Moro Rock is a large exfoliation dome in the Sierra Nevada Mountains of eastern California, USA.  It is accessible by road and hiking trail in the western part of Sequoia National Park, a little east of Generals Highway (Rt. 198).



Moro Rock (looking ~NE), as seen from the valley of the Middle Fork of the Kaweah River.



Moro Rock exfoliation dome (looking ~S) - exfoliation domes are common in the Sierra Nevada Mountains.  They form by large-scale spheroidal weathering of granites and granitoids of the Sierra Nevada Batholith.  The batholith represents a Late Jurassic to Late Cretaceous-aged mass of cooled magma chambers originally beneath a chain of subduction zone stratovolcanoes.

Pressure release from erosional unroofing of the batholith resulted in the rocks having curved sheeting joints.  Spheroidal weathering followed, akin to peeling the layers from an onion (“exfoliation”).  The end result is a rounded mountain top - an exfoliation dome.



Moro Rock exfoliation dome - view of the summit (looking ~S) and the valley of the Middle Fork of the Kaweah River beyond.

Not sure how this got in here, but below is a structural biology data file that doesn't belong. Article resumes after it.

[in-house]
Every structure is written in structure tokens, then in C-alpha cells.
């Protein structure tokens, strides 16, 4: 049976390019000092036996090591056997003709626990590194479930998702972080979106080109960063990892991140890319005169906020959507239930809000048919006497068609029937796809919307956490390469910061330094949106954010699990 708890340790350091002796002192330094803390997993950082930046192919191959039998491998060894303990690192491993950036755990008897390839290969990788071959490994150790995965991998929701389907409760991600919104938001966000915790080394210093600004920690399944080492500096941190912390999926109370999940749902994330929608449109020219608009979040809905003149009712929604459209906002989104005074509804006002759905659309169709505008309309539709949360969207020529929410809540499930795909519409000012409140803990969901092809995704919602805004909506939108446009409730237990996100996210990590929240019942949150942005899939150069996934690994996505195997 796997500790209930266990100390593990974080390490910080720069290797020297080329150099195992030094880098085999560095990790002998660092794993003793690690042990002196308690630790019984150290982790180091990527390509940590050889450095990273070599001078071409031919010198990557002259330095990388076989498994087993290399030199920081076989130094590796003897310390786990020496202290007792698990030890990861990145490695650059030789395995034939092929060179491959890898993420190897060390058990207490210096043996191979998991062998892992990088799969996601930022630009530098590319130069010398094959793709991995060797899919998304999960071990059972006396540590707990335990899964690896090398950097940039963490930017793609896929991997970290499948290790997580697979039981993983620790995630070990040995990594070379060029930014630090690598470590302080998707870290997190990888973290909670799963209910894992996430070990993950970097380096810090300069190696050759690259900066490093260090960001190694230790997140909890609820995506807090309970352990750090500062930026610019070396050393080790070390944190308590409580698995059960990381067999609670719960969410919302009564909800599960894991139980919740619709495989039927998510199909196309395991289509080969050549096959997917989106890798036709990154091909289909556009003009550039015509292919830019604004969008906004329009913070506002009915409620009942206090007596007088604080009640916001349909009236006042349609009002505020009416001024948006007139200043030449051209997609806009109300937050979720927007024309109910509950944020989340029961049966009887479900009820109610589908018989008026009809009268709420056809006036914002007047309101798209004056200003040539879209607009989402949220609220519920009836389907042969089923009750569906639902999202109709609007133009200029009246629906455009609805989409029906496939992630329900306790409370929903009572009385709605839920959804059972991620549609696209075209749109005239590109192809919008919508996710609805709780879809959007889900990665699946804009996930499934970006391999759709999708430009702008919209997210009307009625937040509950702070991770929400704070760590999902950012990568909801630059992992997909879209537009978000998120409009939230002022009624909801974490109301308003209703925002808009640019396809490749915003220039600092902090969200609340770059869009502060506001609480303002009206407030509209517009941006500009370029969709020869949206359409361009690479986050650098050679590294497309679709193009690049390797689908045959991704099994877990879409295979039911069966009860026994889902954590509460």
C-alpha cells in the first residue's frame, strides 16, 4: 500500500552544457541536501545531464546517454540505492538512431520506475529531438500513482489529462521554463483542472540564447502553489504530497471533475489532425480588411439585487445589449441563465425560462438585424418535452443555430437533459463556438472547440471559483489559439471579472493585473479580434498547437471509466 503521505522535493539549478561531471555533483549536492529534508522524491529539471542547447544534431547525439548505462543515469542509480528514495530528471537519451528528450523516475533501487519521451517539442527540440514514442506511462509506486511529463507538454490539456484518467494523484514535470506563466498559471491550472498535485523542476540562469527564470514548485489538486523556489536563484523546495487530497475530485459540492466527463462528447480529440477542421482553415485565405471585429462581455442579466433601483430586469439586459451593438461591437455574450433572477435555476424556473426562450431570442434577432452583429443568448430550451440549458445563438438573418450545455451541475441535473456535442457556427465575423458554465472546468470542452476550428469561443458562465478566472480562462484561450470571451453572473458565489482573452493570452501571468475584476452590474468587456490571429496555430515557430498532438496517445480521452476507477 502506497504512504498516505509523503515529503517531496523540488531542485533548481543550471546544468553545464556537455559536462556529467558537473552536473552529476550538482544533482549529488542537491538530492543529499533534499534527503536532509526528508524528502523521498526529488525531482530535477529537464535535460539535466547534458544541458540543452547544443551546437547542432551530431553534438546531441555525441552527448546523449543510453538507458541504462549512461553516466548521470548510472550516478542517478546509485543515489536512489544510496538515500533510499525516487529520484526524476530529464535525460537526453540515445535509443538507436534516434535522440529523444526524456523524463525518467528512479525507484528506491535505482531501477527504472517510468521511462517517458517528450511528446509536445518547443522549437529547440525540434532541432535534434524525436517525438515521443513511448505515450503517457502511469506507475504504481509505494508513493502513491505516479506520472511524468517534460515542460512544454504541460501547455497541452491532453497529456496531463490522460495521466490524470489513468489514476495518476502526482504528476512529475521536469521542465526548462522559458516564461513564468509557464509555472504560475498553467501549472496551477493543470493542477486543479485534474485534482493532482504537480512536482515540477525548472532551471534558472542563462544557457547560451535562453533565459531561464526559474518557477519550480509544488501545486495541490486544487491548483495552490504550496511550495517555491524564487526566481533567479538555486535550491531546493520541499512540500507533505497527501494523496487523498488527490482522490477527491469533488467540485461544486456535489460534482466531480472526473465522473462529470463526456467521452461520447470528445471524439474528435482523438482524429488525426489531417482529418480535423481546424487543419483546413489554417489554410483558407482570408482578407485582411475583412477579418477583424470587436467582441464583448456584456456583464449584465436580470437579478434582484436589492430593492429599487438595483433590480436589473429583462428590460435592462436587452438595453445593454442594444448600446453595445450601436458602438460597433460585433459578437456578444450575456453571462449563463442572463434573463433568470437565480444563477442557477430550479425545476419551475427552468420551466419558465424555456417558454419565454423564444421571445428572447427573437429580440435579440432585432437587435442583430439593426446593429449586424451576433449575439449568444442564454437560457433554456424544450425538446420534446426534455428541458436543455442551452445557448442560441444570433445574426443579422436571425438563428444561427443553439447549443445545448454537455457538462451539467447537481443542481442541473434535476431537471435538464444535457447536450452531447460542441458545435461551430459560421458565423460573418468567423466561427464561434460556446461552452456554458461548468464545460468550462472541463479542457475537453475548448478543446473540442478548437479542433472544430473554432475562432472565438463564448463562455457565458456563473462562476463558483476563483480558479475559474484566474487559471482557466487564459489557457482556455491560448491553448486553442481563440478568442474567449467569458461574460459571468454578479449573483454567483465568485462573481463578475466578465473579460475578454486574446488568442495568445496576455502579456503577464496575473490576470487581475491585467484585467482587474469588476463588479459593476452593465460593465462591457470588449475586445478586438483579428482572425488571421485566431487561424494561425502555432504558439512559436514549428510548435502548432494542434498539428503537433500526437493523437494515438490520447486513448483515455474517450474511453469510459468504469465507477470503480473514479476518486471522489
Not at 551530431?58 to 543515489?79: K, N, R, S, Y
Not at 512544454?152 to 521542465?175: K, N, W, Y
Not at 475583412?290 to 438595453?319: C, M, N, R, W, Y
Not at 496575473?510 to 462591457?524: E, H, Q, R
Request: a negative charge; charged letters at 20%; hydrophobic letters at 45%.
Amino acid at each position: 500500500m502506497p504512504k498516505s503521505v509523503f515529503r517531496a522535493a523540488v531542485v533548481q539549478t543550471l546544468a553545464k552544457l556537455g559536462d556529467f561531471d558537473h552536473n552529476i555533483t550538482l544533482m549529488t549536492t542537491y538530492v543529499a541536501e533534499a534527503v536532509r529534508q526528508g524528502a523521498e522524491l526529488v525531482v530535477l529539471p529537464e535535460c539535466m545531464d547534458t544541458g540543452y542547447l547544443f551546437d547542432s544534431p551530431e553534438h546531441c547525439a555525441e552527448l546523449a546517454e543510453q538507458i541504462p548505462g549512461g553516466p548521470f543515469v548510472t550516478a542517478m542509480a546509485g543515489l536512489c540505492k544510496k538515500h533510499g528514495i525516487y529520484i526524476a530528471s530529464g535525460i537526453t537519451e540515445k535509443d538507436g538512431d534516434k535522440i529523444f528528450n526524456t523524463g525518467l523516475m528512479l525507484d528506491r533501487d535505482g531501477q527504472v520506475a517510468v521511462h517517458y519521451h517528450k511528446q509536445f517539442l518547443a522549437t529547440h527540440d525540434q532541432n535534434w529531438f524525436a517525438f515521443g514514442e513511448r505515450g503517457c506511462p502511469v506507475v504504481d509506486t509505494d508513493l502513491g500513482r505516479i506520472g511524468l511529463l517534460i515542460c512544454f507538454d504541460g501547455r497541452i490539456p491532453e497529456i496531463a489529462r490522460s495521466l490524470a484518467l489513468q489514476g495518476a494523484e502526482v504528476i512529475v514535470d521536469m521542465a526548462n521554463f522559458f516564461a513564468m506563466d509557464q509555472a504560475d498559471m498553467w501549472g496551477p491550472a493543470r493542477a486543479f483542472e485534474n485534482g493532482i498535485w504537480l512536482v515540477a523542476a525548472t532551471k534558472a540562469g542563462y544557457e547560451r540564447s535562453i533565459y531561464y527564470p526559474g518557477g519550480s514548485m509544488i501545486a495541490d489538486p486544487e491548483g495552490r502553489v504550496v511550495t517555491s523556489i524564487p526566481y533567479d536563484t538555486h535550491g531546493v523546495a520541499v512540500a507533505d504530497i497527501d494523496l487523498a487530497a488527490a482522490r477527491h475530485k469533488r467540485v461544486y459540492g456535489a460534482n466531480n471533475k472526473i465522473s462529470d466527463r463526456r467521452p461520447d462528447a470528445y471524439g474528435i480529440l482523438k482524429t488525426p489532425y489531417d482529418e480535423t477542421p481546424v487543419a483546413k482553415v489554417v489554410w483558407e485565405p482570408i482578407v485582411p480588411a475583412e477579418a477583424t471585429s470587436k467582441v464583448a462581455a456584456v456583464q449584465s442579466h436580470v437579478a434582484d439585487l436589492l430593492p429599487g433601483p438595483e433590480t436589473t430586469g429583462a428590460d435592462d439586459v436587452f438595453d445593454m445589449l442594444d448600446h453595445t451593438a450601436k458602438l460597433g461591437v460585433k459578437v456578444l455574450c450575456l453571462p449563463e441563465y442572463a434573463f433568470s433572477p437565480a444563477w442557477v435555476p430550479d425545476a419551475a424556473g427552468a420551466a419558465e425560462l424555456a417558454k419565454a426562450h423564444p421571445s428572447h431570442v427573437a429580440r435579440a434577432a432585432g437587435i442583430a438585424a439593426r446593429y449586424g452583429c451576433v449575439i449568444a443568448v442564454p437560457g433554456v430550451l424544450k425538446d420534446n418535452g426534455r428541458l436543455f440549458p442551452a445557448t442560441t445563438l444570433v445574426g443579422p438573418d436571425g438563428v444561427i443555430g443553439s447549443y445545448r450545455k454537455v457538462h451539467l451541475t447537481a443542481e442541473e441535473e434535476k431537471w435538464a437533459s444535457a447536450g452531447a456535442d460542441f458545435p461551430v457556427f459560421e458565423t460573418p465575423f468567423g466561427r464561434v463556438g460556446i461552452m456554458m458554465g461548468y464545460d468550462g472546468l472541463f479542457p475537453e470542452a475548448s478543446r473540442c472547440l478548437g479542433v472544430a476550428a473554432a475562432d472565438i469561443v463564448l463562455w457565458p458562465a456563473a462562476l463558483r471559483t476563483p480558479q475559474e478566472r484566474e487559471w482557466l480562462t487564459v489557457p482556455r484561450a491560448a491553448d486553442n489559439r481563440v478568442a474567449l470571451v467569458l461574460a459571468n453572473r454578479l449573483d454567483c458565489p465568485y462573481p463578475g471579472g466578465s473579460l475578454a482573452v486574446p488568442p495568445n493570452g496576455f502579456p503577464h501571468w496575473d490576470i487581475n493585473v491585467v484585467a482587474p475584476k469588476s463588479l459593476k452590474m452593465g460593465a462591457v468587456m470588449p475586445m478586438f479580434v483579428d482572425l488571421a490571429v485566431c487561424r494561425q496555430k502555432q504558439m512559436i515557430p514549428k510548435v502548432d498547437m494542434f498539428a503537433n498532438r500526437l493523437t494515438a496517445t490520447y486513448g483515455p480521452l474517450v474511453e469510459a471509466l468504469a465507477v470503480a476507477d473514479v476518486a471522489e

Moro Rock exfoliation dome - view of the summit (looking ~S) and the valley of the Middle Fork of the Kaweah River beyond.



Giant Forest Granodiorite (Giant Forest Pluton) - Moro Rock is the type locality of the Cretaceous-aged Giant Forest Granodiorite, one of numerous specific igneous intrusions in the Sierra Nevada Batholith.  Granodiorite is dominated by quartz and sodic plagioclase feldspar and some potassium feldspar.  The Giant Forest Pluton is also rich in hornblende amphibole (= black crystals) and relatively rich in small, ~honey-colored crystals of titanite (a.k.a. sphene - CaTiSiO5).

Geologic unit & age: Giant Forest Granodiorite, Sequoia Intrusive Suite, 97-102 million years (late Albian Stage to early Cenomanian Stage, mid-Cretaceous).



Xenolith in Giant Forest Granodiorite - xenoliths are pieces of “foreign-rock” that have fallen from the walls of a cooling magma chamber.  This particular xenolith is rich in mafic minerals, which is why it is dark-colored.  Mafic xenoliths, or “inclusions”, are fairly common in the Giant Forest Granodiorite at Moro Rock.



Great Western Divide - the high ridge of mountains seen to the east from the summit of Moro Rock is the Great Western Divide, a major drainage divide in the Sierra Nevada Mountains.  The highest mountains in the ridge peak out at 12,000 to 12,600’ elevations.



Middle Fork of the Kaweah River as seen from the summit of the Moro Rock exfoliation dome (looking ~SW).



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